Commerce Raiding
Lieutenant Maffitt & the CSS Florida

     Compared to the revenue the Federals had spent on beefing up its forces at sea, the Davis Government did the best they could managing a much smaller force while attempting to wreck the most havoc with it.

     In mid October 1862, Lieutenant John N. Maffitt proposed a plan to the Confederate Navy Department in sailing the CSS Florida out from Mobile Bay causing a nuisance to the Federal commerce vessels and always in hope of capturing a few prizes along the way. The Secretary of the Navy, Stephen H. Mallory approved, giving the naval officer unlimited latitude in its accomplishment.

     The Navy Secretary had informed the ship's skipper that the CSS Sumter was already out raiding and learned that the federal ship masters made it a practice of placing themselves under British protection. Since the queen had already claimed neutrality, and the Confederacy was desperately seeking European recognition, it was a convenient ploy to get the commerce raiders to think twice before engaging them. The last thing Mallory wanted was to see his navy causing an international embarrassment.

     The commandant at Mobile, Admiral Franklin Buchanan instructed Maffit to have the ship painted a lead color. From his sources in Havana, Cuba that particular shade was difficult for another ship to spot after dark, he stood a better chance escaping the bay from the Federal Blockade.

     The ship itself was to follow the route through the Bahamas and West Indies and the commander was to communicate with the department through the use of two small copies of the English dictionary. Secretary Mallory asked that any words requiring concealment used in dispatches to Richmond be encoded with numbers and figures on the page of the dictionary where the word could be found. Marking the page number the word was printed on along with the number of the word by counting from the top of the page.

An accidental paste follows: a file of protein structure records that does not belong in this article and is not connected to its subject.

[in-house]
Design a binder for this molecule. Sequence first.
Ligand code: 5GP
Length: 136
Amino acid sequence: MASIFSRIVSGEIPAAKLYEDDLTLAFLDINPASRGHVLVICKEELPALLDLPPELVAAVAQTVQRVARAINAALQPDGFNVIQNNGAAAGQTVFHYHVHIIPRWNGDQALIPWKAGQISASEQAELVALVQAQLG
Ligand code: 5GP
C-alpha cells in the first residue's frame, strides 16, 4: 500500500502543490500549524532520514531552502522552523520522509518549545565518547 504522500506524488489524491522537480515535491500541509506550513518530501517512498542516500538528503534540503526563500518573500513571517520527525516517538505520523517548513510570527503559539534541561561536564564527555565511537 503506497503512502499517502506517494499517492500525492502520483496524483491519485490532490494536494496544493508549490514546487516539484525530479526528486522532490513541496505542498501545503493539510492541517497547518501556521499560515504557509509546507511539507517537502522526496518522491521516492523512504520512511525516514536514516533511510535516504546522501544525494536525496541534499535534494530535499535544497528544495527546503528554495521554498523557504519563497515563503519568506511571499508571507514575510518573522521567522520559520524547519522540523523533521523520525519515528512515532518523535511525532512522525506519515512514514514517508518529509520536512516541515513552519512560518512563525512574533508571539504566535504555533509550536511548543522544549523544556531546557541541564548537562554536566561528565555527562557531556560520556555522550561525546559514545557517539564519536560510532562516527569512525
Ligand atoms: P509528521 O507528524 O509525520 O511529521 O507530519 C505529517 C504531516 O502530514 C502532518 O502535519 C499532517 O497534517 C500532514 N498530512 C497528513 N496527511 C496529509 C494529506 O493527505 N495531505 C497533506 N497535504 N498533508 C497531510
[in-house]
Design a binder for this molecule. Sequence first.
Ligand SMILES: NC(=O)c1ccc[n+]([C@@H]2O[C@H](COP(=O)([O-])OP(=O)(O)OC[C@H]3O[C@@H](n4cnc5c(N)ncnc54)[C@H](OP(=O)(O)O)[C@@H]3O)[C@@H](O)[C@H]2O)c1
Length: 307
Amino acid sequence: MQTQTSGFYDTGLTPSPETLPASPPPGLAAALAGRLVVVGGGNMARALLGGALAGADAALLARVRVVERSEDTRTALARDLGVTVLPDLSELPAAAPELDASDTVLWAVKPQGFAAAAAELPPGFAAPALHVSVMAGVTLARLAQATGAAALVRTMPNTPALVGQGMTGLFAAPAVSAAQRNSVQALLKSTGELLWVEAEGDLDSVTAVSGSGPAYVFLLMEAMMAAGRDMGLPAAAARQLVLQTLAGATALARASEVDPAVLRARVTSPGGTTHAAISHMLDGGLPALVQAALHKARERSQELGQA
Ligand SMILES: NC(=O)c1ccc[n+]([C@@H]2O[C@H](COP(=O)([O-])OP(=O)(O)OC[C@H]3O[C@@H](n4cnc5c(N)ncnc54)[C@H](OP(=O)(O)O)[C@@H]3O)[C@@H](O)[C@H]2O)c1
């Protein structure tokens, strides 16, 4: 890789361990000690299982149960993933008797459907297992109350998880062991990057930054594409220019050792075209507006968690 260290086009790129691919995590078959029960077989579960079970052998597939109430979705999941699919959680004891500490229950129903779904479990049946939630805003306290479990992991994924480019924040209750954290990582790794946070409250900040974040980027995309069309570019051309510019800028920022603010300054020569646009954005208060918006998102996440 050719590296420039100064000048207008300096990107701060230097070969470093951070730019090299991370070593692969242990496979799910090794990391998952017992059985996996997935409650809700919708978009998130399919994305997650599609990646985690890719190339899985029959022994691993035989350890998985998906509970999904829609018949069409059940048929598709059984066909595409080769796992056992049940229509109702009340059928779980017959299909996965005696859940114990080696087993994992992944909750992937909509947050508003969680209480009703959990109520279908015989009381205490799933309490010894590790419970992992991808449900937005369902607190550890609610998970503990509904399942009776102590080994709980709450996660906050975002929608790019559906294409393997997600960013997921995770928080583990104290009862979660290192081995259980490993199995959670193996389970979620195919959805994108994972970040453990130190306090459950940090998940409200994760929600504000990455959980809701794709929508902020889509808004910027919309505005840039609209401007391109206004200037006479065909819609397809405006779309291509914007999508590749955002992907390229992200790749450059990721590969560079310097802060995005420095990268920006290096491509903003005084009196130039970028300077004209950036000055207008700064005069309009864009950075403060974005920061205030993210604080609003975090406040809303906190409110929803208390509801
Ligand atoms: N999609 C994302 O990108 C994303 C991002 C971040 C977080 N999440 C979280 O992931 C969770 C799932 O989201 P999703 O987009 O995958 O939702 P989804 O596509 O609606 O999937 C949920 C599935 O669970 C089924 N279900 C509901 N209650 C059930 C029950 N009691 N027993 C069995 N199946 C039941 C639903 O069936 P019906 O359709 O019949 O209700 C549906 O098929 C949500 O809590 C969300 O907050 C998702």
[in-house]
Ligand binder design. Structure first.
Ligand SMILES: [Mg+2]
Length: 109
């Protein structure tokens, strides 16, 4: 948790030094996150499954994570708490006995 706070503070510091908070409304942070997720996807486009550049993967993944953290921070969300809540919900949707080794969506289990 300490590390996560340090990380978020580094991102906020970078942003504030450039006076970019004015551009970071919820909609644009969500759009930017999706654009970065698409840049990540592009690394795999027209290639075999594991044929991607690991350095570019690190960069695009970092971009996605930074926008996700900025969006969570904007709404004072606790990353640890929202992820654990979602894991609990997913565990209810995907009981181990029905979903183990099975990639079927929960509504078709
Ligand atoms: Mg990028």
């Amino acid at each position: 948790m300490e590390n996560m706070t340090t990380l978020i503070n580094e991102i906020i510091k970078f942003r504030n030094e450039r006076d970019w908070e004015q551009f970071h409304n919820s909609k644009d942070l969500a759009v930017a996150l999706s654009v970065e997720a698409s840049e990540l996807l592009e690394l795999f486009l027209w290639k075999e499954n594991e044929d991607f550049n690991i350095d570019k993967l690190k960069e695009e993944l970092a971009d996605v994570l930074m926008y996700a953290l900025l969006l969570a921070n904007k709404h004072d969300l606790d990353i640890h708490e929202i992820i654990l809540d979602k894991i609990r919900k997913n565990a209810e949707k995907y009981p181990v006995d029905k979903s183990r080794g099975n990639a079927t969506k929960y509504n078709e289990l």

Sailing from her haven in Mobile, Lieutenant Maffitt and the crew of the CSS Florida had embarked on their third cruise under the new flag of the Confederacy. It was the 16th of January 1863 when she made her escape from the refuge of Mobile Bay, four and a half months after sustained battle damage while running the blockade.

     Within three days, Florida captured and burned the brig Estelle off the Mexican Coast and continued to sail for Havana, Cuba torching the brigs Windward and Corris Ann upon her arrival. Her biggest prize came in February when the Florida came in contact with the federal ship Jacob Bell bound for New York from China carrying almost 1400 tons of cargo. This prize was valued at nearly two million dollars, and proved to be her largest.

     CSS Florida served the Confederacy on the high seas for another twenty months before being captured in Bahia, Brazil, October 7, 1864 sailing under a new skipper. She followed her course well before striking the colors and becoming a prize herself to the misfortunes of war

Dan (Aldie) Daniel Moran
© 2002

Editors Note: Mr.Moran is a feature writer on the writers staff. He may be contacted with your questions, ideas and requests at